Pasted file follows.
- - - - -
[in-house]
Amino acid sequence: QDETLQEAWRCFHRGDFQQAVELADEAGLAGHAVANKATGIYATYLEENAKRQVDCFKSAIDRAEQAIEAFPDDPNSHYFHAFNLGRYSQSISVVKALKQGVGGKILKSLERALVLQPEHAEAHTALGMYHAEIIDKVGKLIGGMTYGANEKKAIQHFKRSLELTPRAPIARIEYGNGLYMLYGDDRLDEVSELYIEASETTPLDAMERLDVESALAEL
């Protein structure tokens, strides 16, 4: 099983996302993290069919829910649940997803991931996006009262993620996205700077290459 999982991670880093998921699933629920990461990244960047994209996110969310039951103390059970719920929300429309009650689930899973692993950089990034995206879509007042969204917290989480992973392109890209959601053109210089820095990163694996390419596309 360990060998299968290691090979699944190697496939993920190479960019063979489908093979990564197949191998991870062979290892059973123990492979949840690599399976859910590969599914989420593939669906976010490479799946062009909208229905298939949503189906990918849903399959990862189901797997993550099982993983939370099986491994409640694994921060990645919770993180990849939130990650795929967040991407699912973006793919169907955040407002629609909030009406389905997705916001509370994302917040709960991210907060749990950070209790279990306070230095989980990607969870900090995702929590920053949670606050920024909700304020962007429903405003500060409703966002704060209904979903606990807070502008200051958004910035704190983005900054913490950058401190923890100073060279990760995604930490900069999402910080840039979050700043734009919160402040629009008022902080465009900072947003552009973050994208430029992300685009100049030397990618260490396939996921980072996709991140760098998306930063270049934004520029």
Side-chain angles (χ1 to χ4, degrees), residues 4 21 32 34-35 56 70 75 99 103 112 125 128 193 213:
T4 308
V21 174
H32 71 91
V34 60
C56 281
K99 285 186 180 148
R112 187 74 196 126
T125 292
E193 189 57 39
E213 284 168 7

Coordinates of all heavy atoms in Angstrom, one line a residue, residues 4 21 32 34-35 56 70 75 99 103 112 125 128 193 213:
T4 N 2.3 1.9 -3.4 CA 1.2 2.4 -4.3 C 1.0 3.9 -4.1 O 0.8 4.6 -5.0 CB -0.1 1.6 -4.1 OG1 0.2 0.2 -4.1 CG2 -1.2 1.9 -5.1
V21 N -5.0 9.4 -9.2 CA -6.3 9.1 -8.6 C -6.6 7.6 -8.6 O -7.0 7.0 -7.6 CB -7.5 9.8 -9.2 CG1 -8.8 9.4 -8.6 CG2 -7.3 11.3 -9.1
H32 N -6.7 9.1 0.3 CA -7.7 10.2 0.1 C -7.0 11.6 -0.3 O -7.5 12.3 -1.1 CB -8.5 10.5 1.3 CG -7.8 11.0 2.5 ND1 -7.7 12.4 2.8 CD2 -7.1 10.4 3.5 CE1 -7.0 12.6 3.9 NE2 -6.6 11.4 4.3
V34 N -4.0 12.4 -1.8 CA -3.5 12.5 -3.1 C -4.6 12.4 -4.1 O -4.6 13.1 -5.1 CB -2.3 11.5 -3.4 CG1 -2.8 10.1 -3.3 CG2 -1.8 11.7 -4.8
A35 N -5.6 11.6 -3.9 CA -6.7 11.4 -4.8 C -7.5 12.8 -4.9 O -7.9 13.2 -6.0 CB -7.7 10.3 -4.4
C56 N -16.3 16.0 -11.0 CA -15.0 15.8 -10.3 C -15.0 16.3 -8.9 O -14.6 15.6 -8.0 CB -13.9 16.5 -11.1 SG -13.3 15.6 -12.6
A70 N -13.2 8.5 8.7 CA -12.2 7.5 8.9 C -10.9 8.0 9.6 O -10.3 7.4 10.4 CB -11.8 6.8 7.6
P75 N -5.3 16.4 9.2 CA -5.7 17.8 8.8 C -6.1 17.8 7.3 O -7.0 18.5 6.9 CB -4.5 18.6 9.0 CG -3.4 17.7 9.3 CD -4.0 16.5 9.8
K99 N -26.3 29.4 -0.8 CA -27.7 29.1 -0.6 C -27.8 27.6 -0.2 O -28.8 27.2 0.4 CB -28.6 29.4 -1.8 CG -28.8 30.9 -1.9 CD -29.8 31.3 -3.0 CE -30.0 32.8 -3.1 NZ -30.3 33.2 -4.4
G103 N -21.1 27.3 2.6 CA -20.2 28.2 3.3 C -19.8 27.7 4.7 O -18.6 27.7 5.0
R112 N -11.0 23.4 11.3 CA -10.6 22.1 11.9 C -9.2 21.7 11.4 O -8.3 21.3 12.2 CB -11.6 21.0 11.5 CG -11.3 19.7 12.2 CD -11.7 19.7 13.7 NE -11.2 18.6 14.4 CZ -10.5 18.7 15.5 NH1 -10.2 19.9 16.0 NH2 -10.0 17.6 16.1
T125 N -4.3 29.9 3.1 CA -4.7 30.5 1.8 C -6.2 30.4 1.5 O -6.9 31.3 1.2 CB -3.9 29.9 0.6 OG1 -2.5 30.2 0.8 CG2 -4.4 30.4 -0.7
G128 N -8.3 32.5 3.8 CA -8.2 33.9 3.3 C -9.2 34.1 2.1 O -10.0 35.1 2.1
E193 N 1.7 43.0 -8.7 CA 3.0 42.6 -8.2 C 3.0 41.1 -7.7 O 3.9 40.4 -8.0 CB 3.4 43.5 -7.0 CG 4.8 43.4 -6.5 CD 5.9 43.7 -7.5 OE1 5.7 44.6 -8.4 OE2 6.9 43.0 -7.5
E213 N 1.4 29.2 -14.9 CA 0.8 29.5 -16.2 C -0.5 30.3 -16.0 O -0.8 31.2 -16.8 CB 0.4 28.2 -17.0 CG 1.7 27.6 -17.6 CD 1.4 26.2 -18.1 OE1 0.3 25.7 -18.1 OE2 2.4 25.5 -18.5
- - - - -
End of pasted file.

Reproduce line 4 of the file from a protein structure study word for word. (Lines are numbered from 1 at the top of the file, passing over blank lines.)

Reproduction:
Side-chain angles (χ1 to χ4, degrees), residues 4 21 32 34-35 56 70 75 99 103 112 125 128 193 213: